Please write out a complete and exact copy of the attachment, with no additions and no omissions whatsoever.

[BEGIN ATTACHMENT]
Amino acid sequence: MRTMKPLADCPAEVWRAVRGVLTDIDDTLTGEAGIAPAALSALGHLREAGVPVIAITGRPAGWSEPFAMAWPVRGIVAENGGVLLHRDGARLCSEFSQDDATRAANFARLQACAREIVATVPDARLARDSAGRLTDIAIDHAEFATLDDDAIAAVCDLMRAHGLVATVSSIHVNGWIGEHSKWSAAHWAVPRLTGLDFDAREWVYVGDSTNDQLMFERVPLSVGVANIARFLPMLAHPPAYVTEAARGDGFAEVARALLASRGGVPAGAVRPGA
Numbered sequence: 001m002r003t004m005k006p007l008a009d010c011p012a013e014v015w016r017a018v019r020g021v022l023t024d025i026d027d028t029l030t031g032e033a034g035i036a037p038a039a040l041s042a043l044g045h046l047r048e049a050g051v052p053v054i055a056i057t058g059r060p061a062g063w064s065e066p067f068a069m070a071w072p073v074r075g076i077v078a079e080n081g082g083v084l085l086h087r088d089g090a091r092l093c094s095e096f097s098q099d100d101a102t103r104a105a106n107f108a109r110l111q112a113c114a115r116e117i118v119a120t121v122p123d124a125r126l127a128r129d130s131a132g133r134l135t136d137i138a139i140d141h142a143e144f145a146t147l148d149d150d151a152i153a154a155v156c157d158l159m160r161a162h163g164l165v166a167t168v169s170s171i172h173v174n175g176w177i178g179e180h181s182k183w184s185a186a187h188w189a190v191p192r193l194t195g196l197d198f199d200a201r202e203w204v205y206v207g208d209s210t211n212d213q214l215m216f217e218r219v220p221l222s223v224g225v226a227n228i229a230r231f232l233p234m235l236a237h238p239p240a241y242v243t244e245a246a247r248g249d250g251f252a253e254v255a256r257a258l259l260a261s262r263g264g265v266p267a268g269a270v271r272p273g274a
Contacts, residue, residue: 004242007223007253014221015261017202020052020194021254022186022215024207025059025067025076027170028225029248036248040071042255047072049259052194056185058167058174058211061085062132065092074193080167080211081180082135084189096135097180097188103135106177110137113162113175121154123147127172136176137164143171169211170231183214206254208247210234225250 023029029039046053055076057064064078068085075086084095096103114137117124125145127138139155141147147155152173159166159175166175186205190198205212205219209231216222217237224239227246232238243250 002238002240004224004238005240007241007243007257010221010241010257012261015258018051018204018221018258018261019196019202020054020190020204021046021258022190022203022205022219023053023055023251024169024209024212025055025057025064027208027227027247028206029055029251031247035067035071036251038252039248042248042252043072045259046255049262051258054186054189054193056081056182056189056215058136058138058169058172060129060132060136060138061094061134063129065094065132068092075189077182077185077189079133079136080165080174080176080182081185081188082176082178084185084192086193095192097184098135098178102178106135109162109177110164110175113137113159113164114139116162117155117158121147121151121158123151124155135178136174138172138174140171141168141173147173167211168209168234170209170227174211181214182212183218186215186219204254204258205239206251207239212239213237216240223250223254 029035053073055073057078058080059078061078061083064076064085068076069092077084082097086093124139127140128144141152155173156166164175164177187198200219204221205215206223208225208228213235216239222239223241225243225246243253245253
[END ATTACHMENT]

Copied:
Amino acid sequence: MRTMKPLADCPAEVWRAVRGVLTDIDDTLTGEAGIAPAALSALGHLREAGVPVIAITGRPAGWSEPFAMAWPVRGIVAENGGVLLHRDGARLCSEFSQDDATRAANFARLQACAREIVATVPDARLARDSAGRLTDIAIDHAEFATLDDDAIAAVCDLMRAHGLVATVSSIHVNGWIGEHSKWSAAHWAVPRLTGLDFDAREWVYVGDSTNDQLMFERVPLSVGVANIARFLPMLAHPPAYVTEAARGDGFAEVARALLASRGGVPAGAVRPGA
Numbered sequence: 001m002r003t004m005k006p007l008a009d010c011p012a013e014v015w016r017a018v019r020g021v022l023t024d025i026d027d028t029l030t031g032e033a034g035i036a037p038a039a040l041s042a043l044g045h046l047r048e049a050g051v052p053v054i055a056i057t058g059r060p061a062g063w064s065e066p067f068a069m070a071w072p073v074r075g076i077v078a079e080n081g082g083v084l085l086h087r088d089g090a091r092l093c094s095e096f097s098q099d100d101a102t103r104a105a106n107f108a109r110l111q112a113c114a115r116e117i118v119a120t121v122p123d124a125r126l127a128r129d130s131a132g133r134l135t136d137i138a139i140d141h142a143e144f145a146t147l148d149d150d151a152i153a154a155v156c157d158l159m160r161a162h163g164l165v166a167t168v169s170s171i172h173v174n175g176w177i178g179e180h181s182k183w184s185a186a187h188w189a190v191p192r193l194t195g196l197d198f199d200a201r202e203w204v205y206v207g208d209s210t211n212d213q214l215m216f217e218r219v220p221l222s223v224g225v226a227n228i229a230r231f232l233p234m235l236a237h238p239p240a241y242v243t244e245a246a247r248g249d250g251f252a253e254v255a256r257a258l259l260a261s262r263g264g265v266p267a268g269a270v271r272p273g274a
Contacts, residue, residue: 004242007223007253014221015261017202020052020194021254022186022215024207025059025067025076027170028225029248036248040071042255047072049259052194056185058167058174058211061085062132065092074193080167080211081180082135084189096135097180097188103135106177110137113162113175121154123147127172136176137164143171169211170231183214206254208247210234225250 023029029039046053055076057064064078068085075086084095096103114137117124125145127138139155141147147155152173159166159175166175186205190198205212205219209231216222217237224239227246232238243250 002238002240004224004238005240007241007243007257010221010241010257012261015258018051018204018221018258018261019196019202020054020190020204021046021258022190022203022205022219023053023055023251024169024209024212025055025057025064027208027227027247028206029055029251031247035067035071036251038252039248042248042252043072045259046255049262051258054186054189054193056081056182056189056215058136058138058169058172060129060132060136060138061094061134063129065094065132068092075189077182077185077189079133079136080165080174080176080182081185081188082176082178084185084192086193095192097184098135098178102178106135109162109177110164110175113137113159113164114139116162117155117158121147121151121158123151124155135178136174138172138174140171141168141173147173167211168209168234170209170227174211181214182212183218186215186219204254204258205239206251207239212239213237216240223250223254 029035053073055073057078058080059078061078061083064076064085068076069092077084082097086093124139127140128144141152155173156166164175164177187198200219204221205215206223208225208228213235216239222239223241225243225246243253245253